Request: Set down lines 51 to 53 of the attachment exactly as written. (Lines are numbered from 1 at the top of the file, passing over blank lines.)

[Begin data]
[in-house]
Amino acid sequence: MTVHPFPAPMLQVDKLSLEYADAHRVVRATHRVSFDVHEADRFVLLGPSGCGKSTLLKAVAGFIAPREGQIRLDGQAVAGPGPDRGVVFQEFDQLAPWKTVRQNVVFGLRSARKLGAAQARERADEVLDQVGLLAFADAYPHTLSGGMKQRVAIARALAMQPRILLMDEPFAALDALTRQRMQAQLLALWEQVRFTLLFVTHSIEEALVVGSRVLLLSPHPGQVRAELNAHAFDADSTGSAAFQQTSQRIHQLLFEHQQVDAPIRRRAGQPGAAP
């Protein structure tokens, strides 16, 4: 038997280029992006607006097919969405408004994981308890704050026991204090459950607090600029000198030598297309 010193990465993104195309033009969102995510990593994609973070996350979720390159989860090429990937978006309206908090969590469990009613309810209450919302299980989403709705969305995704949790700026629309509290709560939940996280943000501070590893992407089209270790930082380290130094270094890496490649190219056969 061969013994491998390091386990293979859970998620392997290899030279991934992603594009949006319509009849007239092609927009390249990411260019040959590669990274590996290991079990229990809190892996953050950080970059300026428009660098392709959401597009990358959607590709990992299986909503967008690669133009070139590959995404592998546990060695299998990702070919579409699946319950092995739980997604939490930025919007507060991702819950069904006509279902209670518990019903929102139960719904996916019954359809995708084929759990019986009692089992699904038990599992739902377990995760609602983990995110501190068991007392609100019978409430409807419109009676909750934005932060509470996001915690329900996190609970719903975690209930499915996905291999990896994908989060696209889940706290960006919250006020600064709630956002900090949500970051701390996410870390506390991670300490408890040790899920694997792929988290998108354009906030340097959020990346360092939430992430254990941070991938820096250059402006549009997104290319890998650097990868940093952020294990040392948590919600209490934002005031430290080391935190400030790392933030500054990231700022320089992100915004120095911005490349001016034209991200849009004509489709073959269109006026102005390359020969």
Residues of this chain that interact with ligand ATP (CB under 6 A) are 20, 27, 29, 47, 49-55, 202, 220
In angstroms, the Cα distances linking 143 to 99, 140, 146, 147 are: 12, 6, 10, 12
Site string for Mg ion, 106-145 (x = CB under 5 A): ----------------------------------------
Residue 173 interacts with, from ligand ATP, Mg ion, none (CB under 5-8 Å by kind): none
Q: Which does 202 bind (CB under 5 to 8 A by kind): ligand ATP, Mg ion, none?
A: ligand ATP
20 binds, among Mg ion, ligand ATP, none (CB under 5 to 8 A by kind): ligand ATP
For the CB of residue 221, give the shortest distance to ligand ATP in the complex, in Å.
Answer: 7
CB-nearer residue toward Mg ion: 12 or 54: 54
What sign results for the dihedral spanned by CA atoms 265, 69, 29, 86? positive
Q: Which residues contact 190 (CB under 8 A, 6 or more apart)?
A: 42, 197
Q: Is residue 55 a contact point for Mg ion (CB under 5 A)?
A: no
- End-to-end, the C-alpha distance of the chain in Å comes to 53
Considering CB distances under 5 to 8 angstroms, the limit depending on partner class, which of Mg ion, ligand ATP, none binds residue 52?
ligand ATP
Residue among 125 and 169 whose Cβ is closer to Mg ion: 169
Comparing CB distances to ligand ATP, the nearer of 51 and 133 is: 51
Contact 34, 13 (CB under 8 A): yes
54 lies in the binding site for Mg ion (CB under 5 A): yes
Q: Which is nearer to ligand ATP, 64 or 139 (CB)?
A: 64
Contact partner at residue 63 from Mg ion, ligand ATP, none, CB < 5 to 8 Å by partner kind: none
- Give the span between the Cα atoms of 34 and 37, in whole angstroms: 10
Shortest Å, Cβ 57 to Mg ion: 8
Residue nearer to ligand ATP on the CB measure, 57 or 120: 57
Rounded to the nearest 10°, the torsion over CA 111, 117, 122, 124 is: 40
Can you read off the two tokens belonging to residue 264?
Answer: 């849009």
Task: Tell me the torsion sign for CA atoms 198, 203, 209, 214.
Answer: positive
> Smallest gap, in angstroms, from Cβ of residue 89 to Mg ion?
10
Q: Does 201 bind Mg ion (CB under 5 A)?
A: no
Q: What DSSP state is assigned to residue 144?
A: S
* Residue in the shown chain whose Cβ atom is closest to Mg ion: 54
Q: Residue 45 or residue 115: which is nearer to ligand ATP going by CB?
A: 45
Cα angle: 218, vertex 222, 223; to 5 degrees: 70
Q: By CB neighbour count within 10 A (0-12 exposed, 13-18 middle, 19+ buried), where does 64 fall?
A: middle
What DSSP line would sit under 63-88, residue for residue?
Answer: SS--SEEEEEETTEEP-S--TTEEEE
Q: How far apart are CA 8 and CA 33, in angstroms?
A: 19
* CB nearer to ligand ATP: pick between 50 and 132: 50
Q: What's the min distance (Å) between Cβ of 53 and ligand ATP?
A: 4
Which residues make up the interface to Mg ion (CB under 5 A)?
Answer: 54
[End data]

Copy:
Q: How far apart are CA 8 and CA 33, in angstroms?
A: 19
* CB nearer to ligand ATP: pick between 50 and 132: 50